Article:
The final question is whether the identification of the poet can also be comprehended as a form of engagement, even though Nasr himself looks upon engagement merely as a reader’s perspective. What is it that the poet wants to share and advocate, is it experience or knowledge, belief or truth? Obviously, it is difficult to draw the line between participation and teaching, or between being one with the people and keeping a distance as an intellectual public figure. This leads us back to the challenges involved in the conceptualization of the notion of a public intellectual as someone who is committed and aloof at the same time, both contributing to discussion and keeping a certain distance, moving up and down from the center of the debate back to the writing desk in order to recapitulate ideas and discussions. Ramsey Nasr, as I hope to have shown, deliberately unites the various interventions. He is poet and columnist, artist and critical observer, commentator and actor at the same time. His voice is heard in didactic poems as well as in presentations, performances, interviews and other media appearances, and in all these various manifestations Nasr articulates the dynamic process of identifying as an intellectual in a complicated political conjuncture. The main message of this engaged Poet Laureate is that democracy is at stake. Identification requires that the auditors and readers affirm the value of a democratic mediatized culture, that is ethnically and religiously plural in its constitution.
1. The World keeps on turning [De wereld draait door] is a TV show broadcast live from an Amsterdam studio every day between 7.00 and 8.00 p.m., in which host Matthijs van Nieuwkerk discusses politics, culture and social issues with various guests. More than one million people watch this infotainment program every day. See <http://www.kijkonderzoek.nl> [Accessed on 8 October 2013]
2. The poem was entitled ‘O, zoete onbereikbaarheid’ (‘Oh, sweet unreachable one’) and marked the end of his Poet Laureateship.
3. A clip was shown from Pow Nieuws, another Dutch TV show, in which host Dominique Weesie declared that Nasr was too left-wing and should resign as Poet Laureate: ‘Ramsey Nasr, take your leave, You are not my poet.’ Pow Nieuws 29–10–2013.
4. Gerrit Komrij was chosen by the general public—some 3000 people had voted—as ‘second best.’ The poet who had actually won the election was Rutger Kopland (1934–2012), but he rejected the job.
5. The origin of the term lies in the metamorphosis myth of Apollo and Daphne; he tried to seize her, upon which she turned into a laurel tree. He ordained that the laurels should be the prize for poets and victors, Penguin Dictionary of Literary Terms and Literary Theory, 682.
6. For more biographical information, I refer to his official website < http://www.ramseynasr.nl> [Accessed on 9 May 2013].
7. Including De man met de hond (1998), Mariken (2000), Liefje (2001), Magonia (2001) and Het Echte Leven (2008).
8. As described on the official website: “De Dichter des Vaderlands hoeft niets in opdracht te schrijven, hij schrijft alleen wanneer hij zich daartoe bewogen voelt. Aan hem zal slechts worden gevraagd zo’n vier keer per jaar een gedicht te schrijven bij een (inter)nationale gebeurtenis van culturele, politieke, sportieve of maatschappelijke aard. Welke gebeurtenis dit is, bepaalt de dichter zelf, er zijn geen verplichte thema’s. De gedichten zullen worden geplaatst in NRC Handelsblad.” <http://www.dichterdesvaderlands.nl/read/benoeming-2013—2016> [Accessed on 18 May 2013]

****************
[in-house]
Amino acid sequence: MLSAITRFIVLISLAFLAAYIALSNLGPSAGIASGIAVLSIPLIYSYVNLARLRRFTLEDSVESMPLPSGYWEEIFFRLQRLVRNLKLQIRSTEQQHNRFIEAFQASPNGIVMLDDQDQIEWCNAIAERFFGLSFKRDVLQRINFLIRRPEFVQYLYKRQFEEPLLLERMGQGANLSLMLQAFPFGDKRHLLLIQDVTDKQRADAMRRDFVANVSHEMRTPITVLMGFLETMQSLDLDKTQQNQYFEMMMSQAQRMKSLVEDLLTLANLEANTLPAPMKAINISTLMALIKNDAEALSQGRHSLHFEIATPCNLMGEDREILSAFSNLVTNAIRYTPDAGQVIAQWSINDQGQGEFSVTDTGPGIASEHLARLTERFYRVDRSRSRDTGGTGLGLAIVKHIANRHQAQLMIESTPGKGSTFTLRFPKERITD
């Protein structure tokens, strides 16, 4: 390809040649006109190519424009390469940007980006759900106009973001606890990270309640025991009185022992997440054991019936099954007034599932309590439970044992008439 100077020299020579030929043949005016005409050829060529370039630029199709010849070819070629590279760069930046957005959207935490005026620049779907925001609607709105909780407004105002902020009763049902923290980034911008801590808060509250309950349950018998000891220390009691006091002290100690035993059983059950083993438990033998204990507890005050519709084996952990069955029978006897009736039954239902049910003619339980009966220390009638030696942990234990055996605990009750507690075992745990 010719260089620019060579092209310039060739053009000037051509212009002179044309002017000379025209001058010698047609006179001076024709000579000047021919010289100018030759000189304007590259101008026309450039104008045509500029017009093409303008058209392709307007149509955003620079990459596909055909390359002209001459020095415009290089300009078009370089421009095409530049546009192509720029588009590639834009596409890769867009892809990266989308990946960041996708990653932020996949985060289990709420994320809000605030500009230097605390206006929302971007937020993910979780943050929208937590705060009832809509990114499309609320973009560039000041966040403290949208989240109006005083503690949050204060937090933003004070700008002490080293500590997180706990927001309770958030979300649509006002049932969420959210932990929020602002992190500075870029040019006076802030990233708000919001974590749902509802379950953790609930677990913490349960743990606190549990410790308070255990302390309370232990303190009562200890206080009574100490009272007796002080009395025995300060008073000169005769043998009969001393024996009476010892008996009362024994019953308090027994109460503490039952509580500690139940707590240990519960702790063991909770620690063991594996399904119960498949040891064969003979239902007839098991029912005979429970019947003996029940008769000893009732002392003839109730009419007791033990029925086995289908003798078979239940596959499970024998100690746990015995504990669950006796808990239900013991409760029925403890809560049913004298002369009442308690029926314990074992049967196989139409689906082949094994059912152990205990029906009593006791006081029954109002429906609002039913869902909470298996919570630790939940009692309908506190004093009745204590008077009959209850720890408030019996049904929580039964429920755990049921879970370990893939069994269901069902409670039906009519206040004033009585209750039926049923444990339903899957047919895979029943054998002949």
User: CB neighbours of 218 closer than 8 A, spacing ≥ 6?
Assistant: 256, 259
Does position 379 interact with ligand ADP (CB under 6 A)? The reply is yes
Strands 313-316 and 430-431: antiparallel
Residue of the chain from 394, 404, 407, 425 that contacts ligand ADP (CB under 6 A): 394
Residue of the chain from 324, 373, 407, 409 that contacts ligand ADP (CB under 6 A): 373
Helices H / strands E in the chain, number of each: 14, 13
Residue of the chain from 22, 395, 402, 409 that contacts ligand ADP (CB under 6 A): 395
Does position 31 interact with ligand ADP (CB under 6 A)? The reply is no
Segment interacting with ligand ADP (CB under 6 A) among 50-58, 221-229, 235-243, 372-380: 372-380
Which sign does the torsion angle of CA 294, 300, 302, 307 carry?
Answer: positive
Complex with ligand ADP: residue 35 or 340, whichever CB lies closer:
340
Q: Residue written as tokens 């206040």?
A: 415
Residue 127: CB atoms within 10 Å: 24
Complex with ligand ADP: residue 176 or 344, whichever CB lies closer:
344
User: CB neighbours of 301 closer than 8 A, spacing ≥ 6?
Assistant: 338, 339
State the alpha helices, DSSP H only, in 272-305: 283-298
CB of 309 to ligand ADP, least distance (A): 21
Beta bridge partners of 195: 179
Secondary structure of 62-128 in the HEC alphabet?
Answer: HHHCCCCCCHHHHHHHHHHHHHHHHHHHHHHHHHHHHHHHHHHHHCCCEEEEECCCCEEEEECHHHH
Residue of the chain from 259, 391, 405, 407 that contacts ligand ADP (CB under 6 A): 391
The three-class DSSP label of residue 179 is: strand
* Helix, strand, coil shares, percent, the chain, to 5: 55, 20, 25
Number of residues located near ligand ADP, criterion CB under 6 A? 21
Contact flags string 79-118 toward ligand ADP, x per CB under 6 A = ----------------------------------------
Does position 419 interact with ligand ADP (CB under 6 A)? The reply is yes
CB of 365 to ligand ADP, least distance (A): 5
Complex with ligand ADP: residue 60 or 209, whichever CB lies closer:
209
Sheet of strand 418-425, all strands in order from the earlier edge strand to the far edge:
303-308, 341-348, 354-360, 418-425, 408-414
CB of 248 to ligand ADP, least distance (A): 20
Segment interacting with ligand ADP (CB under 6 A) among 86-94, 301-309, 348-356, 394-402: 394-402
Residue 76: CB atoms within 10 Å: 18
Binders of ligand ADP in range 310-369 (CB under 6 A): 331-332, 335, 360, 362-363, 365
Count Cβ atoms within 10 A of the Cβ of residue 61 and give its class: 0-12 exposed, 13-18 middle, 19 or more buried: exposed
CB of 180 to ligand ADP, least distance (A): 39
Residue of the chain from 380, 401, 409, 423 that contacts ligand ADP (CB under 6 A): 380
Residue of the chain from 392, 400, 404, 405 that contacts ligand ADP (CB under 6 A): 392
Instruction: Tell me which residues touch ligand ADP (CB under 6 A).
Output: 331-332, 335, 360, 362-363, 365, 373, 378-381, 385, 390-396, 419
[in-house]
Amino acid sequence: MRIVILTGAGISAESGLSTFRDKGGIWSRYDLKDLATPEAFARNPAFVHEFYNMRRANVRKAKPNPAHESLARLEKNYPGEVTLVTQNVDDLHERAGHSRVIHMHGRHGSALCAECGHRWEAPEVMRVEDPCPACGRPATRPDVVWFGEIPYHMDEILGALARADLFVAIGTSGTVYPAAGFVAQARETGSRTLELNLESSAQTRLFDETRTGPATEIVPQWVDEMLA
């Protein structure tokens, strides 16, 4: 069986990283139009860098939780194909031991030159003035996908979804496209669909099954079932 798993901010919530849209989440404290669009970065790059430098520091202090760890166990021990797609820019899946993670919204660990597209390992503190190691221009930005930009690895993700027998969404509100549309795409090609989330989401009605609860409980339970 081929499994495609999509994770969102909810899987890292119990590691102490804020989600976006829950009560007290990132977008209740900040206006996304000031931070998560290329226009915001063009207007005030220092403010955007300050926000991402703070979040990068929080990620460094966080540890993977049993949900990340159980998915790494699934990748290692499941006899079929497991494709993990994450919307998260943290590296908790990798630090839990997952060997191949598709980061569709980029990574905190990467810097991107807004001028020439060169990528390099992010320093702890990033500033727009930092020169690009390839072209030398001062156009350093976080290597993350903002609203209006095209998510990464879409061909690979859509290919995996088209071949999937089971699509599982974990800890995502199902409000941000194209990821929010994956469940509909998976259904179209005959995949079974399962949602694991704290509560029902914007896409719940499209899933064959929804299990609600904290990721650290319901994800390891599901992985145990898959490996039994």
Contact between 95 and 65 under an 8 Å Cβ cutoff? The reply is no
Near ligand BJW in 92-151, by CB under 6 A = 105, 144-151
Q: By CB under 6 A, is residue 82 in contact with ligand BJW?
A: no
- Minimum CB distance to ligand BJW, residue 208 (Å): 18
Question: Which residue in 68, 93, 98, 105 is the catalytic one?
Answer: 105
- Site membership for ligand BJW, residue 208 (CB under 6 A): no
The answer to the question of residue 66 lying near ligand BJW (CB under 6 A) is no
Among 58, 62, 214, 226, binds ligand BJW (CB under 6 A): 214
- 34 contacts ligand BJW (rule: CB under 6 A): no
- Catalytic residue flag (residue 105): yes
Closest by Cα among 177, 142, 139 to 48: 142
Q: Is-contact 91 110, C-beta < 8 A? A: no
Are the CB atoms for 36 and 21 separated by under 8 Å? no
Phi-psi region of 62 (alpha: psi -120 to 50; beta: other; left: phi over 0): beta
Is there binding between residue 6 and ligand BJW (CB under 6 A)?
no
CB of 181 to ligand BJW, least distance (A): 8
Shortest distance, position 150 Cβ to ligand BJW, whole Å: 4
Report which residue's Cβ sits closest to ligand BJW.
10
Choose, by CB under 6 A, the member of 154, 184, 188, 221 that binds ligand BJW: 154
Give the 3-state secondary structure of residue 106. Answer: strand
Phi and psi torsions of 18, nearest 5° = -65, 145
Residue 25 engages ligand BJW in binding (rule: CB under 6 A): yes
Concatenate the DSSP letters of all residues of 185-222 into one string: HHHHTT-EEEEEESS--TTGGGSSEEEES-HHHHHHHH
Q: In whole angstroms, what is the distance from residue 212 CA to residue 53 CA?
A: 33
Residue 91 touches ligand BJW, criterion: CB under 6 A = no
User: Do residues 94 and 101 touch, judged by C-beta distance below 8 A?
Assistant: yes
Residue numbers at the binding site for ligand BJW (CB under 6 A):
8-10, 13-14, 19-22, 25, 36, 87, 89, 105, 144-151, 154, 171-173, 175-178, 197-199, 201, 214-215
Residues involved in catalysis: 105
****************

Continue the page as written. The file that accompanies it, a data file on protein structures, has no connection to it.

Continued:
(“There is nothing the Dutch Poet Laureate will be commissioned to write on; he will only write on things when he feels the urge to do so. All that will be asked of him is that he write a poem some four times a year on a national or international event or occasion of a cultural, political, or societal nature, or sports event. It is up to the poet himself to decide which events or occasions these will be; there are no required themes. The poems will be published in NRC Handelsblad”).
9. See Heynders (2013) for a comprehensive conceptualization of the public intellectual.
10. It was French sociologist Pierre Bourdieu who defined the intellectual as both “a paradoxical being” and a “bi-dimensional being.” The paradox involves the classical combination of pure culture and political engagement. The intellectual as literary writer grounds his authority in the autonomous world of art, and on the basis of this prestige interferes in political life. The intellectual is a bi-dimensional being, because he has to fulfill two conditions: he has to belong to an autonomous intellectual field, independent from religious, economic and political powers, while at the same time investing his competence and authority in political action which occurs outside the intellectual field proper. Cf. Bourdieu 1991 and Heynders 2013.
11. “We might make the following three subdivisions for the analysis of an act in poetry: dream (the unconscious or subconscious factors in a poem) . . . , prayer (the communicative functions of a poem, which leads us into the many considerations of form, since the poet’s inducements can lead us to participate in his poem only in so far as his work has a public, or communicative, structure . . . ), chart (the realistic sizing-up of situations that is sometimes explicit, sometimes implicit, in poetic strategies . . . ).” (5–6)